Celebrities flock to Las Vegas’ Sugar Factory, where fashion and flavor combine for a unique take on the traditional lollipop, among other confections. Soon tourists, locals and the stars will be able to shop at one of four Sin City locations.

A-listers seeking to satisfy a sweet tooth turn to Sugar Factory, the Las Vegas-based confectionery retailer whose premium-priced Couture Pops are as fashion-forward as they are flavorful.

“Kim loves sugar,” an in-store advertisement featuring the popular Kardashian sister asserts. So do Britney, Tori, Lindsay, Denise and Eva. Even Sting has been spotted with a Couture Pop in hand.

Proof of these celebrity endorsements are scattered throughout the store, in blingy framed wall hangings and on plasma TVs that run photos on a loop showcasing the stars enjoying a little sugar. But Sugar Factory’s celebrity following is just one reason the retailer, which held its grand opening last June, is making headlines.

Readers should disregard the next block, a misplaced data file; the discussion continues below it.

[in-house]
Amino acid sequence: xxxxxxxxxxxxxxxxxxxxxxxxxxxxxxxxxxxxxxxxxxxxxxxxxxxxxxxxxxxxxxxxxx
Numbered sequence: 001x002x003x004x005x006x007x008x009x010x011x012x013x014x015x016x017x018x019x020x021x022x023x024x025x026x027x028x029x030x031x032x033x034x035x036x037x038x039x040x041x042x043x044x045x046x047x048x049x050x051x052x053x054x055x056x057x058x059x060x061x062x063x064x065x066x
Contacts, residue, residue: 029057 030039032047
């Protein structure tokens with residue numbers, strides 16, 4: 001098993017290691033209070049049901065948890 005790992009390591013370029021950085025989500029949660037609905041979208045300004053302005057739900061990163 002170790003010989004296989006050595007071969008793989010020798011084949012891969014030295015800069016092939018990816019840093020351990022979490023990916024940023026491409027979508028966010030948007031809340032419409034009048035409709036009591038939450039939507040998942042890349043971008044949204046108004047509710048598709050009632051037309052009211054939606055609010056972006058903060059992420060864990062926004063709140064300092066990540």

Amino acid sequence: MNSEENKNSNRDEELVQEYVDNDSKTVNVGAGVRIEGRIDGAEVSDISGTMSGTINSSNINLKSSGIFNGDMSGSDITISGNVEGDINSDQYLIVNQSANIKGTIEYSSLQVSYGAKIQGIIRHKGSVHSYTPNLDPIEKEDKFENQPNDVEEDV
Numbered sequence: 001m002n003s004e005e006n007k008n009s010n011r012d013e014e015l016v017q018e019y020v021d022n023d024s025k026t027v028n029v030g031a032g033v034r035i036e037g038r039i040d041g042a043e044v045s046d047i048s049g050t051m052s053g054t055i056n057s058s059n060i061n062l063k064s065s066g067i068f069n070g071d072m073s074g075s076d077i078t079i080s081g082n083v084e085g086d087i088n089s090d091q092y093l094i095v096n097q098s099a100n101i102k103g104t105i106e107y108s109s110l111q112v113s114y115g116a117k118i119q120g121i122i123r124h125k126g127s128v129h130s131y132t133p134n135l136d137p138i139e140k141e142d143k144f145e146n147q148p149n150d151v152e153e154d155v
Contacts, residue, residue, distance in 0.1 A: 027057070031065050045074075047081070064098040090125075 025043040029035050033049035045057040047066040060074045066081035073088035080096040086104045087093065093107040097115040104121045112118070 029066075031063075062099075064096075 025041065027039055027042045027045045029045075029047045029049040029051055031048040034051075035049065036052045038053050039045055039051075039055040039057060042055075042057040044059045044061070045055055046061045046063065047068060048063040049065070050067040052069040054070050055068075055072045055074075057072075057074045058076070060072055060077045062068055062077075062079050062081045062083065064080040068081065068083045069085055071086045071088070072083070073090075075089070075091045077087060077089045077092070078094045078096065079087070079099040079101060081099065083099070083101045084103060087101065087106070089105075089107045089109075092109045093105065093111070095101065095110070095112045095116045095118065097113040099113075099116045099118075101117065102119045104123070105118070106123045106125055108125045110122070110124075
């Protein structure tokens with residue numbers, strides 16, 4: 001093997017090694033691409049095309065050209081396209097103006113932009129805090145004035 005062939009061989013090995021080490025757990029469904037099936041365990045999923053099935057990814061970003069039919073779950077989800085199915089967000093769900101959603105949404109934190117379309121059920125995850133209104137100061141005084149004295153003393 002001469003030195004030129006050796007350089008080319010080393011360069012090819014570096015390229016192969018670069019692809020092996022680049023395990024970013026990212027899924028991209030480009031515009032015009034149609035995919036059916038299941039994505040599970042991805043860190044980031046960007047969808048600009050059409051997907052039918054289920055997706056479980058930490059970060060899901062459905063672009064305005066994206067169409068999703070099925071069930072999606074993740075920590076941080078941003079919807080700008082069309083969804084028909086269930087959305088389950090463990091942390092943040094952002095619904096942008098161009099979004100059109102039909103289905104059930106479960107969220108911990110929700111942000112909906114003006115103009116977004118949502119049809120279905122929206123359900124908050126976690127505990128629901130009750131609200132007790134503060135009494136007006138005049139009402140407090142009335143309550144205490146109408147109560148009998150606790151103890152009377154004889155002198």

Another is co-owner Steve Davidovici, a well-known nightclub owner whose recently opened properties include Griffin in Manhattan’s Meatpacking District, located a far cry from the Vegas Strip, where Sugar Factory resides inside the Mirage Resort & Casino. Davidovici’s other partners in the confectionery venture are his wife, Charissa; entrepreneur Corey Jenkins; real estate agent Rollie Sturm; and talent manager Perry Rogers. It’s their combined experiences and connections that helped launch Sugar Factory into a recognizable brand almost from the start.

Star Power
In just seven short months, Sugar Factory has been featured on reality TV shows such as “The Girls Next Door” and “The Hills.” And following Britney Spears’ shopping trip last fall, more than 600,000 blogs documented her in-store appearance, Davidovici says.